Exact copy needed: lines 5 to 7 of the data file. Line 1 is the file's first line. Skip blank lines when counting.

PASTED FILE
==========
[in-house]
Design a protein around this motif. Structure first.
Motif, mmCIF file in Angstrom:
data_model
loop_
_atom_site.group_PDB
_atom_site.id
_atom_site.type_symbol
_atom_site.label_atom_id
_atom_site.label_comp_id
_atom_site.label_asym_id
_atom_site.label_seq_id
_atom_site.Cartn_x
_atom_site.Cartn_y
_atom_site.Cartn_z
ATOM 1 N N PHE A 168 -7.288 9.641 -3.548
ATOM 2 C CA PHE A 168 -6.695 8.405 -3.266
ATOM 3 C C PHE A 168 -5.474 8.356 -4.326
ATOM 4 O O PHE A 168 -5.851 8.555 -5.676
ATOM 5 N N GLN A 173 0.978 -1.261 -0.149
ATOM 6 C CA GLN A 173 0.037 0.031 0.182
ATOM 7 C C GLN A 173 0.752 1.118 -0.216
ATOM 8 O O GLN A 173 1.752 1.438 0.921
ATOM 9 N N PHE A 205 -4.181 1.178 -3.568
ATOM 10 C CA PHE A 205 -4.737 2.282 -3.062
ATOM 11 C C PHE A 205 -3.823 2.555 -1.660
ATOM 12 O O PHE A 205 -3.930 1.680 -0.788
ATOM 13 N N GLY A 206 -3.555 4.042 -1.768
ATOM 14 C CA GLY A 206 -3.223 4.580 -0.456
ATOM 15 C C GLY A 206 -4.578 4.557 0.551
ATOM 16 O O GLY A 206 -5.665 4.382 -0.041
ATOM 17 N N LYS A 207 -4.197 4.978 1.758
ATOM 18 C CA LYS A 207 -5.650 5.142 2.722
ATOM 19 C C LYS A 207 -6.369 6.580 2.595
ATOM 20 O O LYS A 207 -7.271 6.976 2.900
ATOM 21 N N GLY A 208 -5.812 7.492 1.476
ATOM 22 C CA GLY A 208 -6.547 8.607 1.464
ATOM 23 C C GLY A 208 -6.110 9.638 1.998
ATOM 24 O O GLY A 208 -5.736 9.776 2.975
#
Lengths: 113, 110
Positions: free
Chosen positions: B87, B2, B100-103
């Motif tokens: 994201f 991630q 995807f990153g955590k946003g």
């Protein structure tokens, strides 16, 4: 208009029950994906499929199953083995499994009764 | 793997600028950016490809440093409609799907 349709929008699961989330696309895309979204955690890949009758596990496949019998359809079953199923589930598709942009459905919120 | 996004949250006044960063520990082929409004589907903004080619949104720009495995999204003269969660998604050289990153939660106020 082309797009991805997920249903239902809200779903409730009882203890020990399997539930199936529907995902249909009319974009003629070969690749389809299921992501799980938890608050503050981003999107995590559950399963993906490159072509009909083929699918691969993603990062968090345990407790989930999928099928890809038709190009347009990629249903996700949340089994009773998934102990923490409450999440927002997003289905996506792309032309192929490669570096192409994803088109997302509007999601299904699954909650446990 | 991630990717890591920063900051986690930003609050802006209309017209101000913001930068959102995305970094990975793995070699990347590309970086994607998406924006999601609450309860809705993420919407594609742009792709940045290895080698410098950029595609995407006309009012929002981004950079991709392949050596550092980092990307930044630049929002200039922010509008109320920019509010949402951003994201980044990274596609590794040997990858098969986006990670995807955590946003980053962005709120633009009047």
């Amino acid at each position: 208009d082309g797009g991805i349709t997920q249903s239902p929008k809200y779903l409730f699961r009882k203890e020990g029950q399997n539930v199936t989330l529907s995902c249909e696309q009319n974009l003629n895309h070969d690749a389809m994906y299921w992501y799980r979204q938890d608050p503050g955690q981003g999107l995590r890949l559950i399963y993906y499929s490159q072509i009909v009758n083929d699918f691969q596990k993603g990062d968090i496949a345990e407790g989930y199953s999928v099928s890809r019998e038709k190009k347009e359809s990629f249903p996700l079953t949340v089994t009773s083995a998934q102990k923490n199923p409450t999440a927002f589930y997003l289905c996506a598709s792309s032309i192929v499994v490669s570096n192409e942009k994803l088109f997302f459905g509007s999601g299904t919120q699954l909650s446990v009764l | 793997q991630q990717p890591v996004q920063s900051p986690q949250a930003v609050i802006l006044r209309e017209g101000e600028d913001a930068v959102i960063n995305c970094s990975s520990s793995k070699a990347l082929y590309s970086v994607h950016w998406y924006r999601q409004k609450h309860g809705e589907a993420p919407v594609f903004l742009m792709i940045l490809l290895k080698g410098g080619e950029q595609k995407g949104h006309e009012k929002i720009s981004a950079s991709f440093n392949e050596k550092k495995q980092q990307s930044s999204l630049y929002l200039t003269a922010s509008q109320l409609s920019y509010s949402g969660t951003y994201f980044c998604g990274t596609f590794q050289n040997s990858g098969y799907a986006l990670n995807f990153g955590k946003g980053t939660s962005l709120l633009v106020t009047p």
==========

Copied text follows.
loop_
_atom_site.group_PDB
_atom_site.id